Last year, the Hudson Yards 7 train extension project created the MTA’s 469th subway station. It was the first addition to the system in 26 years.
What took so long?
Transit expert Benjamin Kabak of the Second Ave Sagas blog says the the subway we have now is nearly the same subway we had in the early 1950s, give or take just a handful of stops. Indeed, before Hudson Yards, Queens was the most recent recipient of a new station, 21st St.-Queensbridge in 1989. Before that, Brooklyn got a Grant Avenue stop in 1956.
But the Bronx’s most recent subway stops were added to Dyre Ave in 1941. That was 75 years ago.
Despite massive capital projects (the current capitalization plan is $28 billion) and population growth, the MTA has only added 10 new stations and one replacement over the last 60 years.
Kabak says that this trend can be credited to “a perfect storm of non-investment at both the local and federal level” for generations.
One “villain” in the lack of investment in new stations was Robert Moses, the head of the Triborough Bridge & Tunnel Authority for decades. His plans emphasized cars over people, as he resisted rail service and even a pedestrian lane on the Verrazano Narrows Bridge. He is also remembered for maintaining a five-cent fare that lasted 40 years.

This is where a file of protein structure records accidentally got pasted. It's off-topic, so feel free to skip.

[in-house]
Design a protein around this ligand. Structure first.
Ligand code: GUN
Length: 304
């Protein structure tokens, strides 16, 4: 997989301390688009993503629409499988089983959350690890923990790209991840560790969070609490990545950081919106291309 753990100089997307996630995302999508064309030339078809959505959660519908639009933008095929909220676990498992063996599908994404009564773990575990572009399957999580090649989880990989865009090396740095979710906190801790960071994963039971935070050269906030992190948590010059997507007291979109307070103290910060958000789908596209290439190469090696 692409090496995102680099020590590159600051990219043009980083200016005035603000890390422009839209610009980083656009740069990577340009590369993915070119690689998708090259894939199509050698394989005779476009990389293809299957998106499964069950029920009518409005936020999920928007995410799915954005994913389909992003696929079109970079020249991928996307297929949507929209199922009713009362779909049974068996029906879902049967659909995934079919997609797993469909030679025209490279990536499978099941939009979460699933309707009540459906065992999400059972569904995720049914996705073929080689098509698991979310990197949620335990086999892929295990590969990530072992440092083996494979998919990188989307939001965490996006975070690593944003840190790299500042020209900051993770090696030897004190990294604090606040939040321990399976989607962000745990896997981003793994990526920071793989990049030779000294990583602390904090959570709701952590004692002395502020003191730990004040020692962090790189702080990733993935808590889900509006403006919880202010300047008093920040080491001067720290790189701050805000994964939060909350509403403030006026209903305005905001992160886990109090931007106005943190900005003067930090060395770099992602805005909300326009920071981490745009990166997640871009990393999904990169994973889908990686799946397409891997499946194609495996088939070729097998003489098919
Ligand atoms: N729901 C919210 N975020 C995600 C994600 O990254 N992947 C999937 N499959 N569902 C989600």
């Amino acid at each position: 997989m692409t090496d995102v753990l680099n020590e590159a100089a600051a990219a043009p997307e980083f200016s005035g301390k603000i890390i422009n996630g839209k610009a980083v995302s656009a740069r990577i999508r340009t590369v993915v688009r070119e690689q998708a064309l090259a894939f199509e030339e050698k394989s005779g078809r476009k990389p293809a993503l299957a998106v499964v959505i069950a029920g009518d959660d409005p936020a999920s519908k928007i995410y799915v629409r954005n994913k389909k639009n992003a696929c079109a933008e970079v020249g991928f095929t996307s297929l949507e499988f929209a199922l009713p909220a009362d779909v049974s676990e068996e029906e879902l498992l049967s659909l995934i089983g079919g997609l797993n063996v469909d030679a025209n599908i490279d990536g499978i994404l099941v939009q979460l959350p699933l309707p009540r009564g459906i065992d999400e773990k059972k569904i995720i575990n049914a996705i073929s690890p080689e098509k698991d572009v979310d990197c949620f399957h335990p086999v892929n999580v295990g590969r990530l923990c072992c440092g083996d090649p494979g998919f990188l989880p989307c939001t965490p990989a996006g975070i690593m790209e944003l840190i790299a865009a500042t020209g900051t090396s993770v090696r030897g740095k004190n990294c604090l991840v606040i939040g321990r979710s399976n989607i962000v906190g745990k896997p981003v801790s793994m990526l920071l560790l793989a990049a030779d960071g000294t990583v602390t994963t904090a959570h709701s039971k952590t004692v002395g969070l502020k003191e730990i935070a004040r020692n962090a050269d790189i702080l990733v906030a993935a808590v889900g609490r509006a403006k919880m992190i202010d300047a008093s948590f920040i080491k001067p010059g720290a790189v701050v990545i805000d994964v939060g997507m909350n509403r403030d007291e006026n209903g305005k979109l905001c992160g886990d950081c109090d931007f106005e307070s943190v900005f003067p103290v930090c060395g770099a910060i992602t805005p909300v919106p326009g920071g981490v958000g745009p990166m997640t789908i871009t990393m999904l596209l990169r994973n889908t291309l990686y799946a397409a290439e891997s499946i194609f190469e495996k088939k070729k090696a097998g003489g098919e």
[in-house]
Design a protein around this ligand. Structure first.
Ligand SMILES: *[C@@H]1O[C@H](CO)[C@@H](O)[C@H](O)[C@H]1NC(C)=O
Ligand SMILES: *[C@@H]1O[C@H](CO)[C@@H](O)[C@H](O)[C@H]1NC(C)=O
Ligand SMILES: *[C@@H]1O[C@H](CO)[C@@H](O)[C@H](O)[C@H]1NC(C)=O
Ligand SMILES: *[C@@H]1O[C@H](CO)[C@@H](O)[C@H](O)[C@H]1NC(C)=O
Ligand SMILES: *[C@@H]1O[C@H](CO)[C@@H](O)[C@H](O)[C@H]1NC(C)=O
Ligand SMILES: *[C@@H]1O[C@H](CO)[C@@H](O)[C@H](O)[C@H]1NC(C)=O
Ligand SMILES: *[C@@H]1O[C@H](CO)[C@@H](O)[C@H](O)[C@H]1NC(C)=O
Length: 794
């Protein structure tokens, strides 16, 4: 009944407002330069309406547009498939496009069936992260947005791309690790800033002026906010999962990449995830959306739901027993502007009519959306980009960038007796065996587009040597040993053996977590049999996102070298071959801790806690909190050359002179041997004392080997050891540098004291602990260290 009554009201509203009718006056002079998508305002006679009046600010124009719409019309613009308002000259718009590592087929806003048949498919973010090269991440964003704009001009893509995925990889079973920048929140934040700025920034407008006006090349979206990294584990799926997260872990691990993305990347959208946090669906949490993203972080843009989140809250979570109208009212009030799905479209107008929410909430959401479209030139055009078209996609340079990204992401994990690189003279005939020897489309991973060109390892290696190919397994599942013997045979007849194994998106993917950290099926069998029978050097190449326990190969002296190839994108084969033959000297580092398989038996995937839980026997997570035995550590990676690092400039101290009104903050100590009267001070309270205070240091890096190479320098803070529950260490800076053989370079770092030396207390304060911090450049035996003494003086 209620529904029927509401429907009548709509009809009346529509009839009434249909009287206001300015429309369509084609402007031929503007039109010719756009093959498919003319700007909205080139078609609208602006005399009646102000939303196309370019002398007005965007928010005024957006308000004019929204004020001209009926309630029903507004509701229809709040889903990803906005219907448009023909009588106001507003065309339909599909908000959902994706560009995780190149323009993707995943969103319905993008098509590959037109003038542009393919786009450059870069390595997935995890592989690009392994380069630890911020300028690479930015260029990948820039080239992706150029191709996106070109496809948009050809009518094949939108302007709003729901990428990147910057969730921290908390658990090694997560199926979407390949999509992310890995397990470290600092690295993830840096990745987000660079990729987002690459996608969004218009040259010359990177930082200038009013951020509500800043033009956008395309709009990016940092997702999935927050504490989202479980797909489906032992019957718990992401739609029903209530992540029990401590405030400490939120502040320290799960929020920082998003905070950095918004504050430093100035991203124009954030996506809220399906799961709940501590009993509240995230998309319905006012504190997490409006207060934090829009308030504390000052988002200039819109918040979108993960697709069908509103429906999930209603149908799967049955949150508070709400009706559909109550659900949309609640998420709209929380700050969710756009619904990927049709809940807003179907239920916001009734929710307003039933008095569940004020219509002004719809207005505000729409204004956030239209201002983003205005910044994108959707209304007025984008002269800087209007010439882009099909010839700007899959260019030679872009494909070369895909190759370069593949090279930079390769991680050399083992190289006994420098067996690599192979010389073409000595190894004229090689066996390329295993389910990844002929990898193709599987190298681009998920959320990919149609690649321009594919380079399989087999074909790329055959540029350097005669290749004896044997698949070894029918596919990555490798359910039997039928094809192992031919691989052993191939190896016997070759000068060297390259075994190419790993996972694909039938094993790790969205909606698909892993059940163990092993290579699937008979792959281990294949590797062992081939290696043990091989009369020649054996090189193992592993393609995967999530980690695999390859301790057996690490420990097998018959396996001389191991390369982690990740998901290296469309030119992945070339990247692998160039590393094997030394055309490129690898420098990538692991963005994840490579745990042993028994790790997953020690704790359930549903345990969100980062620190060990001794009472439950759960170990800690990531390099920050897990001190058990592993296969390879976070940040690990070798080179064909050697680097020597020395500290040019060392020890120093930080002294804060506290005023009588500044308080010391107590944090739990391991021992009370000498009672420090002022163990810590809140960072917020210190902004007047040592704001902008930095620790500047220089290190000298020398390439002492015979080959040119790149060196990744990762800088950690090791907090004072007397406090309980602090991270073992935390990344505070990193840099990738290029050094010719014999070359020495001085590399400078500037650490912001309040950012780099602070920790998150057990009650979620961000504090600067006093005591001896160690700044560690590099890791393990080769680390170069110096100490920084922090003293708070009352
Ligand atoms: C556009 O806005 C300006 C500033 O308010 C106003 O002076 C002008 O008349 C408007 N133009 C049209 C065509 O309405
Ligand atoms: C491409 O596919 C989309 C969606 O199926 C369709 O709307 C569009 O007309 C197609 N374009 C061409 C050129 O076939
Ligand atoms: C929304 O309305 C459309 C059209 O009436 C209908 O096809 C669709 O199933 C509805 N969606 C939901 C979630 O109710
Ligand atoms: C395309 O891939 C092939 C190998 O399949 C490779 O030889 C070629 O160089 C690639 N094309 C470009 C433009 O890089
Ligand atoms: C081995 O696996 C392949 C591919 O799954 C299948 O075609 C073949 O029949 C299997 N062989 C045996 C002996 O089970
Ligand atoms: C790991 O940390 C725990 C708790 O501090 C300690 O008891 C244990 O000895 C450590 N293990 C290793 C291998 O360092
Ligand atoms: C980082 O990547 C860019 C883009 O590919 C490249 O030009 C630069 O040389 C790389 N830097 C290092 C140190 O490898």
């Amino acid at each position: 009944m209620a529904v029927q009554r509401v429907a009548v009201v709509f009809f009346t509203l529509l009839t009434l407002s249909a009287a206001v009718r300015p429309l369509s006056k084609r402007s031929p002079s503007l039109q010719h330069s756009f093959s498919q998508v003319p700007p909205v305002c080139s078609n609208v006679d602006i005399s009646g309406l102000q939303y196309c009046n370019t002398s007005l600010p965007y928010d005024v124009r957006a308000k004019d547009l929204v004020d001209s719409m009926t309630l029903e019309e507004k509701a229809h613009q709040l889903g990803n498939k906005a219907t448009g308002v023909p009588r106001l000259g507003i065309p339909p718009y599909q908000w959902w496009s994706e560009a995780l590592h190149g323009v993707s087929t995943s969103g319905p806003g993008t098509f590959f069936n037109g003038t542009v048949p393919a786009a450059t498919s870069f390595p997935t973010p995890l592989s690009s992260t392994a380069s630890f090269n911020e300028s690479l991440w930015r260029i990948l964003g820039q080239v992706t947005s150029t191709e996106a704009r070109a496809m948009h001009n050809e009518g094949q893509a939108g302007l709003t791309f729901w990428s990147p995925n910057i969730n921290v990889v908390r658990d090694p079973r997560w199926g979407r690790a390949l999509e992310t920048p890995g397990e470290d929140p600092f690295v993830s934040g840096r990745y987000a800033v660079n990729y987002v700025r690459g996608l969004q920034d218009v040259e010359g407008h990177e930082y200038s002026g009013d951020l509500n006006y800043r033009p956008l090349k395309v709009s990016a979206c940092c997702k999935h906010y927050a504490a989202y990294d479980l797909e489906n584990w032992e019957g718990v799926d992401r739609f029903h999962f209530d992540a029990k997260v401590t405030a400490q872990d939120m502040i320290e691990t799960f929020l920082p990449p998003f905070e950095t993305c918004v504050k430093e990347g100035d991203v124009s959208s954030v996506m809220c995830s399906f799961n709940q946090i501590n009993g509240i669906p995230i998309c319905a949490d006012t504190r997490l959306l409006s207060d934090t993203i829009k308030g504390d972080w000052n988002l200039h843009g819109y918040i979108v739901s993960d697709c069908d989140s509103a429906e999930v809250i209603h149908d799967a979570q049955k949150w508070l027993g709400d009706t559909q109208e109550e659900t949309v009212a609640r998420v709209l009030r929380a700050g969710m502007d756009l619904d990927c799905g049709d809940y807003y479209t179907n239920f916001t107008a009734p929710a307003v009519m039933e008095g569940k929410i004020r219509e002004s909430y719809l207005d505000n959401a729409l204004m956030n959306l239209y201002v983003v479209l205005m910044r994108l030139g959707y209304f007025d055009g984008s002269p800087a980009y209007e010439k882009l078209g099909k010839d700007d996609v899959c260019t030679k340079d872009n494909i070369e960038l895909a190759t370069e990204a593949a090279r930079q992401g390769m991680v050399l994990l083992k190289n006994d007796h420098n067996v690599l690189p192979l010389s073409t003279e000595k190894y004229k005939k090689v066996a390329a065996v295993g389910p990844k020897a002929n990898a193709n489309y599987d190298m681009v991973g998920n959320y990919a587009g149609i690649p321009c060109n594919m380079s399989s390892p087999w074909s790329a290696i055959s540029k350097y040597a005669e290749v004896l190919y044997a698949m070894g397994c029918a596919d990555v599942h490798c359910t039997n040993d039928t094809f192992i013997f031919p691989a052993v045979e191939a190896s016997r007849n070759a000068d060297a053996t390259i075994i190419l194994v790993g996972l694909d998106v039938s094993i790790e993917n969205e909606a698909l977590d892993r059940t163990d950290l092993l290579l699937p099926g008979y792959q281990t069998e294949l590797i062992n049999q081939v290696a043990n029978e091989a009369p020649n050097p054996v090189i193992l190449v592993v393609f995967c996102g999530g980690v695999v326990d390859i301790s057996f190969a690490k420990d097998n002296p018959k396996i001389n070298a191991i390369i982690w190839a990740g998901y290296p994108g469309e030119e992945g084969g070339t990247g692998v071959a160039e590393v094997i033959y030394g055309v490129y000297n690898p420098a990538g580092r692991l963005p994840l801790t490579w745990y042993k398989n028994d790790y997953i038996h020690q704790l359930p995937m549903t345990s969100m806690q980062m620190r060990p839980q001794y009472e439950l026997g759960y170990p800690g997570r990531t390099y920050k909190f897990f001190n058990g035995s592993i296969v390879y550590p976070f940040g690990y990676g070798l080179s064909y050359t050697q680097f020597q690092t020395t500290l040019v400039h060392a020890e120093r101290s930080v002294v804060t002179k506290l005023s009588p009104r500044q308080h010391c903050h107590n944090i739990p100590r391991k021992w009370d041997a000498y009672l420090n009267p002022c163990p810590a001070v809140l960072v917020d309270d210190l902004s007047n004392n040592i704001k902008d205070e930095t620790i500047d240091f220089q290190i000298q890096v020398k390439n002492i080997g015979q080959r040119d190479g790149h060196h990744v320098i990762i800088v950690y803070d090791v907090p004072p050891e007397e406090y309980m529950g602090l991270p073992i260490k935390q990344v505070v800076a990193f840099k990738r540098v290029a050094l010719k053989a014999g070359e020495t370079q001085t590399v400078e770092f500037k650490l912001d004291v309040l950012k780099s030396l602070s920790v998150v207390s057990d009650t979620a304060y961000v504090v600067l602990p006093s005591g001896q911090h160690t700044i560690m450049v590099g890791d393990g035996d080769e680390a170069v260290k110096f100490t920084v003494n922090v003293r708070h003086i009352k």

Capital was simply not being generated to invest in the transit system, thanks largely to white flight from urban locations in the 1950s and the Big Apple’s 1970s funding crisis.
The latest funding plans aren’t expected to create many new stations, though the 2nd Avenue subway and the Brooklyn-Queens express rail are certainly welcome changes. Instead, much funding is being devoted to modernizing and repairing existing infrastructure.
Until new plans create stations in the Bronx, at least that borough doesn’t have it as bad as Staten Island, which still doesn’t have connection to the rest city subway system. In fact, most of its railway dates back to the 1860s.